Guest blog post courtesy of Executive Coach, David Rabiner.
This summer’s Leadership Summit – An Exclusive Executive Experience in Denver as most of you know, was originally scheduled for last year. The Leadership Summit was (and is) intended specifically for top-tier construction owners and managers, as well as graduates of MBI’s The Leadership Experience and recipients of the coveted Master Builder Achievement Award. As someone who has been teaching leadership for more than a quarter century, I was looking forward to working with a tight circle of great leaders – at a really beautiful location – to see how we can take their leadership development to an even higher level.
Keep in mind that while the pandemic is perhaps the biggest leadership challenge most of us have faced, for top leaders it is also a leadership opportunity. What that means for those attending this summer is we can have some important discussions about where leadership can go from this point forward. We are not talking about merely “managing the new normal”. Our focus will be on taking a hard look at how we present ourselves as leaders, about the fundamental cultural changes we need to make to be able to attract and retain the highest quality people, and about the necessary communication changes we need to make so that it all happens. Until we meet in Denver, here’s a look at where we are now and what you can do today.
- The pandemic – oppressive, disruptive, and laden with grief – has taken its toll. A recent survey found that 75% of employees in the United States report symptoms of burnout: low energy, negativity or cynicism, and feeling unproductive.
- The busy construction industry has had its own set of pandemic-related challenges: new work site safety concerns, disrupted schedules due to COVID-19 outbreaks among trade partners and manufacturers, and employees with families struggling to keep them safe and balance job site work with childcare.
- This constant emotional load on employees has forced construction leaders to look for new ways to connect and support their workforces. It has accelerated a movement that was well underway before the pandemic – to put people and talent at the heart of the company’s success.
Traditional leadership models emphasized uniformity, hierarchy, and control. Contemporary leadership recognizes how connected people are today and capitalizes on the easy exchange of information to build loyalty, inspire excellence, facilitate innovation, and promote the brand. This is a fundamental shift of power away from corporate control to the company’s relationship with its employees. Put another way, leaders realize more and more that employees who feel disconnected and disillusioned can and will vote with their feet.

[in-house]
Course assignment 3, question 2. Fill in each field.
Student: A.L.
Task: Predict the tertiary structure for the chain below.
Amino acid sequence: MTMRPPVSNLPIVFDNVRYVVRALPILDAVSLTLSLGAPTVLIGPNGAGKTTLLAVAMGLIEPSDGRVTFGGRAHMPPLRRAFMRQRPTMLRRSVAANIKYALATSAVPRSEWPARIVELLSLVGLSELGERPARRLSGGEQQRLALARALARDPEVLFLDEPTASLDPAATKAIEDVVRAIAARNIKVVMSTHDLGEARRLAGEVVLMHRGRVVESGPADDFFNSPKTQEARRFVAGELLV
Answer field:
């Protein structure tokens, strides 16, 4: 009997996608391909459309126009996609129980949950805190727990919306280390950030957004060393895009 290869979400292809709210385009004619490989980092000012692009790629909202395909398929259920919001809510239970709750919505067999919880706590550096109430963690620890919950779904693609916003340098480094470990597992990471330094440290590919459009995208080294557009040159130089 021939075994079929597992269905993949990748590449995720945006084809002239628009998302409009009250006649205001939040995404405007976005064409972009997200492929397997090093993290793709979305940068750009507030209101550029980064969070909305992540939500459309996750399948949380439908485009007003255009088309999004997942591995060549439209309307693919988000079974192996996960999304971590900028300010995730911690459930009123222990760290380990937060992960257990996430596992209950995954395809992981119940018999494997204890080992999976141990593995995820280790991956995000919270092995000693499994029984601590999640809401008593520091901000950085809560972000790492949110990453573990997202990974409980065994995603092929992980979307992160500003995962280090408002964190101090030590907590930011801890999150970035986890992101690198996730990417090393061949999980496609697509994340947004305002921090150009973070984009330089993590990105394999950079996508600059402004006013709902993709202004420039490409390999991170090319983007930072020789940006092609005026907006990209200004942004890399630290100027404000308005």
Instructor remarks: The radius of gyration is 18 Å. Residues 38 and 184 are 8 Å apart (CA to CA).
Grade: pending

Recognizing that your connection with employees is more important than ever, what can you do now to help ease the emotional load your employees are carrying?
- Listen to their stories about how they have coped during the pandemic. Given their resources versus yours, it’s likely their journey during the pandemic has been more difficult. Hear what they have to say, try to understand what they’ve lost and are grieving. Get a feel for what they have been up against. Listen closely for signs of burnout. Invest in their well-being.
- Express tempered optimism and hope. Describe what this experience has meant for the company. Give meaning to the experience. Talk about how the company has survived, what you collectively have learned, accomplished, and innovated during the pandemic. Lay out the realistic path you see for vaccinations, re-openings, celebrations, growth, and success.
- Find out how they want to work moving forward. The pandemic has disrupted traditional work routines, practices, and technologies. How do they see the future of work at your company? What changes do they want to embrace? Where would they like to experiment, innovate?
- Review, renew, and talk about your company’s purpose and values. The pandemic has forced many of us to personally evaluate what we value most. Your company should do the same. As part of that process, find out what’s important to employees and look for areas of alignment.
These steps will help you connect with your work force, and connection is something we have been deprived of and are all hunger for. They will help begin the healing and start the transition to a new beginning.
I look forward to seeing you this summer in Denver. I’ve met many of you over the years, and I look forward to reconnecting with you. If you’re eligible for The Leadership Summit and not signed up, now would be a good time to get your name in there. And, as always, please stay safe.